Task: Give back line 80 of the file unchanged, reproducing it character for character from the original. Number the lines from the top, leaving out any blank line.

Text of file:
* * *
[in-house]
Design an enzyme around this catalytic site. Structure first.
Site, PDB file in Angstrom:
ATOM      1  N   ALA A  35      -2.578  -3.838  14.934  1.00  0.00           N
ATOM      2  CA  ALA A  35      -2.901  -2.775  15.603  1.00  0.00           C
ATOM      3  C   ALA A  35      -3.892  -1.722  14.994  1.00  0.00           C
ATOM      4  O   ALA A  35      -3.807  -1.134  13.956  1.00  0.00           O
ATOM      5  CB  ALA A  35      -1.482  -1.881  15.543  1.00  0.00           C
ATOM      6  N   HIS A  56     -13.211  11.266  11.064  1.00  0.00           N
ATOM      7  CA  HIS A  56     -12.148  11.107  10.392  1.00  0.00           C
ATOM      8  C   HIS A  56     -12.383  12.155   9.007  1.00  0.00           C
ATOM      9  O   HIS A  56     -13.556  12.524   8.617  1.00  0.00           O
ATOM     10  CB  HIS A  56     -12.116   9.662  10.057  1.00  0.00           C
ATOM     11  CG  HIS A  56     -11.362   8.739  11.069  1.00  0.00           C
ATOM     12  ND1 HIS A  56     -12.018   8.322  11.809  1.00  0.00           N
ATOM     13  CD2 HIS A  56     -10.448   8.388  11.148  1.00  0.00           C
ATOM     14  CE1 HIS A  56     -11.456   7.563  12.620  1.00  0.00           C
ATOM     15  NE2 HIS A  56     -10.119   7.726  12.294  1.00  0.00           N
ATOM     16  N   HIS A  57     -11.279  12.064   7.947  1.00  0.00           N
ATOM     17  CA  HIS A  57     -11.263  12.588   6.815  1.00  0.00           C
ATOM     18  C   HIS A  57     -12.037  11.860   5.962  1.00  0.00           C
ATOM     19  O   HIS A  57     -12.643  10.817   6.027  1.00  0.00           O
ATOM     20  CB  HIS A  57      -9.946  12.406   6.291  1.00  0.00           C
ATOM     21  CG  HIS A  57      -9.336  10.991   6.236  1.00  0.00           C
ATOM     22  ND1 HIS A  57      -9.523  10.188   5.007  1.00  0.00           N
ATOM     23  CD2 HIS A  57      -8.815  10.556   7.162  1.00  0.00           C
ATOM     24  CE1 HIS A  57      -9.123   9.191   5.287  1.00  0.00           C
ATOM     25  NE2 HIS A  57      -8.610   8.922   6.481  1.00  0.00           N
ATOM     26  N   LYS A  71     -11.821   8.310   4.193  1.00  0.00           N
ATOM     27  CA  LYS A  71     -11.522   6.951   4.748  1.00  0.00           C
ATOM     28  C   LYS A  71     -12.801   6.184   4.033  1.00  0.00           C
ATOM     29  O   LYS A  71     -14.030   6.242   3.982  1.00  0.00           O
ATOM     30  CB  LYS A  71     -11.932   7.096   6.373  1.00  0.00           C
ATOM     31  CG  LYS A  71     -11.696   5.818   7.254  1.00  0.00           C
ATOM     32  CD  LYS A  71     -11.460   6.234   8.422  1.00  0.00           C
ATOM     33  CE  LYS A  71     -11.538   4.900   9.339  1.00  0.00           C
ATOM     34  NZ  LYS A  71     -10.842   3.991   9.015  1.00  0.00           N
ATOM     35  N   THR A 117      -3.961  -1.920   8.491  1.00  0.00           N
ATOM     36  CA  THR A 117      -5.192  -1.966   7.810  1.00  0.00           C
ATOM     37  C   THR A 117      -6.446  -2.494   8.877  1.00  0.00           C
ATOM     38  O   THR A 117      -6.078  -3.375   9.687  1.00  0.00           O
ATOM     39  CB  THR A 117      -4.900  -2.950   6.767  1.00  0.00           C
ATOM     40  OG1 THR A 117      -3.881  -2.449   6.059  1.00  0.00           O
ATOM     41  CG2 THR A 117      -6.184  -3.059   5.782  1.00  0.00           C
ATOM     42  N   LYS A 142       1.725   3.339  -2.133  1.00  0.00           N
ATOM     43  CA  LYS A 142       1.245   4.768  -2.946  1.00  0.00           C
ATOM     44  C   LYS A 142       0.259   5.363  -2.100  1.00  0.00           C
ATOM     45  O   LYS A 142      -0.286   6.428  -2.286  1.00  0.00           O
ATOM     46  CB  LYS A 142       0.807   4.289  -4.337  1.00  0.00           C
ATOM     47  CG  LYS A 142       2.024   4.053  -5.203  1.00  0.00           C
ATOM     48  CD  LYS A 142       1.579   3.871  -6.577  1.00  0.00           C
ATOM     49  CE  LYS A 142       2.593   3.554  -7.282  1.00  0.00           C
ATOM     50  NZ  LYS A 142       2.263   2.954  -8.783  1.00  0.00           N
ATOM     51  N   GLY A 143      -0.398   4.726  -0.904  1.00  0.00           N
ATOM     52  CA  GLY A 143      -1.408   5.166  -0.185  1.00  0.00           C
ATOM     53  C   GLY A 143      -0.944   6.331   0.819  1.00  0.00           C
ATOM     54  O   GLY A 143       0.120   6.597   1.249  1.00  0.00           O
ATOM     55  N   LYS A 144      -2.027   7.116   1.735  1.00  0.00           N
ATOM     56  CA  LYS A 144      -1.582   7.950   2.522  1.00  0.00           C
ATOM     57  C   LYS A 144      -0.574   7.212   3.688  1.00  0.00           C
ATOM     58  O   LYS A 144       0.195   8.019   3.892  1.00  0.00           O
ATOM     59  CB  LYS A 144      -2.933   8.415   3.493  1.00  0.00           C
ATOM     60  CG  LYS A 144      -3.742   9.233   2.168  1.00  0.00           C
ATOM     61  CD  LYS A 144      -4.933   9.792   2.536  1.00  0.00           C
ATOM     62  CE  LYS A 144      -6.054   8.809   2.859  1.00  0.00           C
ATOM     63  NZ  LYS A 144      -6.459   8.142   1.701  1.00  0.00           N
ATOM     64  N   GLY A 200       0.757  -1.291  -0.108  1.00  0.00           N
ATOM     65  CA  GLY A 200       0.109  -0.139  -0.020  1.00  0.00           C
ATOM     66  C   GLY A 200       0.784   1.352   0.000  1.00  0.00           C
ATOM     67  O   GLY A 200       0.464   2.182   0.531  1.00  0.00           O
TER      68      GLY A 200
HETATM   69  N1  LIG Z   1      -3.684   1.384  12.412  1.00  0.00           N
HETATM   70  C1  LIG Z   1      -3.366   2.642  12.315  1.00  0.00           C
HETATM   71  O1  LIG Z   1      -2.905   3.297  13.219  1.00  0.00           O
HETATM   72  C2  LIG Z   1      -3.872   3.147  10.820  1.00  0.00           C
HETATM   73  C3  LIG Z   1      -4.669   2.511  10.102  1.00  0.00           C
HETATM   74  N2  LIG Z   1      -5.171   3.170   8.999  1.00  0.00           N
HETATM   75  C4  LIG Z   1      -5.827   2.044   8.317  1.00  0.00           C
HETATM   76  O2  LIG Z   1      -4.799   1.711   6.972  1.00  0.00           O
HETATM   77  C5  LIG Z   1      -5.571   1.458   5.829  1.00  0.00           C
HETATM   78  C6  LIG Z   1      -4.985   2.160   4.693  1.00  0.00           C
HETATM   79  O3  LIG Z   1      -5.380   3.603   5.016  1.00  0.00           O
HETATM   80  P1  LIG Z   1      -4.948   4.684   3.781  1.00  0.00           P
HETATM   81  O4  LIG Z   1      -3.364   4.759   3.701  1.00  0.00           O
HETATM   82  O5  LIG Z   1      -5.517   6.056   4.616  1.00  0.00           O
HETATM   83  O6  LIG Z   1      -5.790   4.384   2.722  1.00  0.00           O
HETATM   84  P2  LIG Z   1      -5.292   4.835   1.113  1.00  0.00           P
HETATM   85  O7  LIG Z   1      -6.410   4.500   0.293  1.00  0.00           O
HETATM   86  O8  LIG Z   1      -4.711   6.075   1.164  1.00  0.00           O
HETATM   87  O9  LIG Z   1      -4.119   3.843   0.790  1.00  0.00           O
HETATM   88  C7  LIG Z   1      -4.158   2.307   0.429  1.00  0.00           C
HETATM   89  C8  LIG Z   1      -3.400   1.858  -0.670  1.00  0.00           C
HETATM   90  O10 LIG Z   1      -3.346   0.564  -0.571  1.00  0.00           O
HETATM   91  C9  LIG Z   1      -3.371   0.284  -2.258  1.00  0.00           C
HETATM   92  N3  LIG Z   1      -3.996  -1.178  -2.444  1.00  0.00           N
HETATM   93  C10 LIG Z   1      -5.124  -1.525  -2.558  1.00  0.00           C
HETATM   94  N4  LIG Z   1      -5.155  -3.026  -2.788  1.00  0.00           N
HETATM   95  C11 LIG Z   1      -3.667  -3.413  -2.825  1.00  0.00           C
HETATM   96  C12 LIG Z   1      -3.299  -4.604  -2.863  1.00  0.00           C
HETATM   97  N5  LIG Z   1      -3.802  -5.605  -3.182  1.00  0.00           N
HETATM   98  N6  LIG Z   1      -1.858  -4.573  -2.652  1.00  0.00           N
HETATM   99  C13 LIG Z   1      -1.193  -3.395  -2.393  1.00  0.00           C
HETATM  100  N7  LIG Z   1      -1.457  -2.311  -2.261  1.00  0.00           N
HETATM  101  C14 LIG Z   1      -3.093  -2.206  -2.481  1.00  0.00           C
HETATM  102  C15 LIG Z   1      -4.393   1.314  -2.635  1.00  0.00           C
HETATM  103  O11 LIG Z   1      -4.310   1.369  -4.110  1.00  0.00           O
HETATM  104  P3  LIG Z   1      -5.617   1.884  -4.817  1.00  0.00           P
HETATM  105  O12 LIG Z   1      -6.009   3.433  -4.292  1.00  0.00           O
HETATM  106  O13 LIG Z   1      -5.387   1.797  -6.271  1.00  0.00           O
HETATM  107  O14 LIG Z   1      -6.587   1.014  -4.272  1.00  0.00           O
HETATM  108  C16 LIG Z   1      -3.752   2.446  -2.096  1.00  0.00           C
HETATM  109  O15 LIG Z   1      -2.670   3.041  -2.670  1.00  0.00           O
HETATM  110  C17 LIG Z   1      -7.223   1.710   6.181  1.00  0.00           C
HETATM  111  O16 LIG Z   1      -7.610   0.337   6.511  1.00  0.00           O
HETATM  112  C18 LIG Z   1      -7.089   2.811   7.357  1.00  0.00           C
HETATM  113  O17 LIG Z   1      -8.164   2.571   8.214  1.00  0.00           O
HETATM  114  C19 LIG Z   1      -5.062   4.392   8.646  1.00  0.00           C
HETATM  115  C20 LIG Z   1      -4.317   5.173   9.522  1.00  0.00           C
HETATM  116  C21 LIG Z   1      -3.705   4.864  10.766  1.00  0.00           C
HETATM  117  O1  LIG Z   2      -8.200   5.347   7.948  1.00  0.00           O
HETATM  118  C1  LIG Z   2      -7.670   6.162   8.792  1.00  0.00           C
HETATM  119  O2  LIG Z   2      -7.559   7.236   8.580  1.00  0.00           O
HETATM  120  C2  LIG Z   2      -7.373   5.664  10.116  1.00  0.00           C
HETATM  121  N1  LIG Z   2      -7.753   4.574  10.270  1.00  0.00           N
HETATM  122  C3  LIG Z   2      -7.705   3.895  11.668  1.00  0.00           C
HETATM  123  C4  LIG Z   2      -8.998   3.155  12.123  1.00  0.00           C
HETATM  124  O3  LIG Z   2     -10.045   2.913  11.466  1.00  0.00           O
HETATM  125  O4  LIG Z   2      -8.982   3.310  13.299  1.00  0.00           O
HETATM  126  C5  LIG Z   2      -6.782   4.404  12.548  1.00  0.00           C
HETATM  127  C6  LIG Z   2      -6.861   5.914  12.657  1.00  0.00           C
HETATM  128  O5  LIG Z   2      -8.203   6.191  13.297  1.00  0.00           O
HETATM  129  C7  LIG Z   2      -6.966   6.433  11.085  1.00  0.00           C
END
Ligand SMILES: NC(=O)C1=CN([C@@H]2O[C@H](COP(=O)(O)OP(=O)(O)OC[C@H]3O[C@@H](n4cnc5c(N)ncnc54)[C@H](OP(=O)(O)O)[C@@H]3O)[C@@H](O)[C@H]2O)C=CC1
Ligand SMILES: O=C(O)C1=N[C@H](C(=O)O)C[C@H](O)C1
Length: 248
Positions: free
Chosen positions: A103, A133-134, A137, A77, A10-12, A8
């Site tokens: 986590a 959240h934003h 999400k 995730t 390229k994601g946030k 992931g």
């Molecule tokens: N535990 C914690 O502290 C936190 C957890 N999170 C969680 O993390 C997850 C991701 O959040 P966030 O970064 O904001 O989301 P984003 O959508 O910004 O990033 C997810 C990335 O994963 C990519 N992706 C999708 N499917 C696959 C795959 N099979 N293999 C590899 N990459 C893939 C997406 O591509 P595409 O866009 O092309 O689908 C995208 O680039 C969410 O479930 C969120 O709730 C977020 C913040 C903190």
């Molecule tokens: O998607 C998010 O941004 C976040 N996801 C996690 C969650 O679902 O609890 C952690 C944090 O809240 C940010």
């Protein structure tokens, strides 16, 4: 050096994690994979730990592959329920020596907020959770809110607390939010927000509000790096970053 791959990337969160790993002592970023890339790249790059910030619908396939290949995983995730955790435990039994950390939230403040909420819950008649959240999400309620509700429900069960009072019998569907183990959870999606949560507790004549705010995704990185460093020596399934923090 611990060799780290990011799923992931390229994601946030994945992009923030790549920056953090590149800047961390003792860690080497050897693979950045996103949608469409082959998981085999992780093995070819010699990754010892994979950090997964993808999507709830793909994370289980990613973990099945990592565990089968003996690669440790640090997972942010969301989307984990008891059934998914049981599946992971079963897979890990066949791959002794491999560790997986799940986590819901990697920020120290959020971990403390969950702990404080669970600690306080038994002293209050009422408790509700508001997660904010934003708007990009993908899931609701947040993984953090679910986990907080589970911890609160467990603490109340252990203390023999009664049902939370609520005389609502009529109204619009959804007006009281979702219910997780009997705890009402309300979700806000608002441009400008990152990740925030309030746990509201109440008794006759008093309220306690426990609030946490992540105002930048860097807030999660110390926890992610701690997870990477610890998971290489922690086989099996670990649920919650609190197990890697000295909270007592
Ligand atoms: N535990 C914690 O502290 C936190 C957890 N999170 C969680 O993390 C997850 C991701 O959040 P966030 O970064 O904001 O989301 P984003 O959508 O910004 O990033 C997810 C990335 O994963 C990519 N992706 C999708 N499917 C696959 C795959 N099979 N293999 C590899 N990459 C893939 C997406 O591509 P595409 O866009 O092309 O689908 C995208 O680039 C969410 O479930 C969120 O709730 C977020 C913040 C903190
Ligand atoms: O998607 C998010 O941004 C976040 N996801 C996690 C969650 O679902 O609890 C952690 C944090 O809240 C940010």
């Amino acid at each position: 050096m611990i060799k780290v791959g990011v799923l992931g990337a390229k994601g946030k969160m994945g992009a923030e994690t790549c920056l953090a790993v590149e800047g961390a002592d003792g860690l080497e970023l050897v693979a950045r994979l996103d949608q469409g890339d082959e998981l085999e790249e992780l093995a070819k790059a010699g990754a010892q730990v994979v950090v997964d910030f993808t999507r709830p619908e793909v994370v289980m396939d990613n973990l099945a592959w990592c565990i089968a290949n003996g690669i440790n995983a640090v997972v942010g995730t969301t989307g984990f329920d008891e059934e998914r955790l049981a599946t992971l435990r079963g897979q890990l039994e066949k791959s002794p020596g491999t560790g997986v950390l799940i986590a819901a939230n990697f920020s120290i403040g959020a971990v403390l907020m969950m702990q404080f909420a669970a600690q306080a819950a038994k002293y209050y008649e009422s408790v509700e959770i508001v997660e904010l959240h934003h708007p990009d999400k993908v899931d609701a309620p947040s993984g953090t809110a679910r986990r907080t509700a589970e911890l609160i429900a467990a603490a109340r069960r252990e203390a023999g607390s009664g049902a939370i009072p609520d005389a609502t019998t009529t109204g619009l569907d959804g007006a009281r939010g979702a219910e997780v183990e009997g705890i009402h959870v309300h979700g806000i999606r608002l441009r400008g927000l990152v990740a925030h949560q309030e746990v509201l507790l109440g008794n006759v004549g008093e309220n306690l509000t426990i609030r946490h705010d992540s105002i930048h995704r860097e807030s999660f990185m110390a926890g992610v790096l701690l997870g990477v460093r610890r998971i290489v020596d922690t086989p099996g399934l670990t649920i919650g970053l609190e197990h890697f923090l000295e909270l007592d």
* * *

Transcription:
HETATM   77  C5  LIG Z   1      -5.571   1.458   5.829  1.00  0.00           C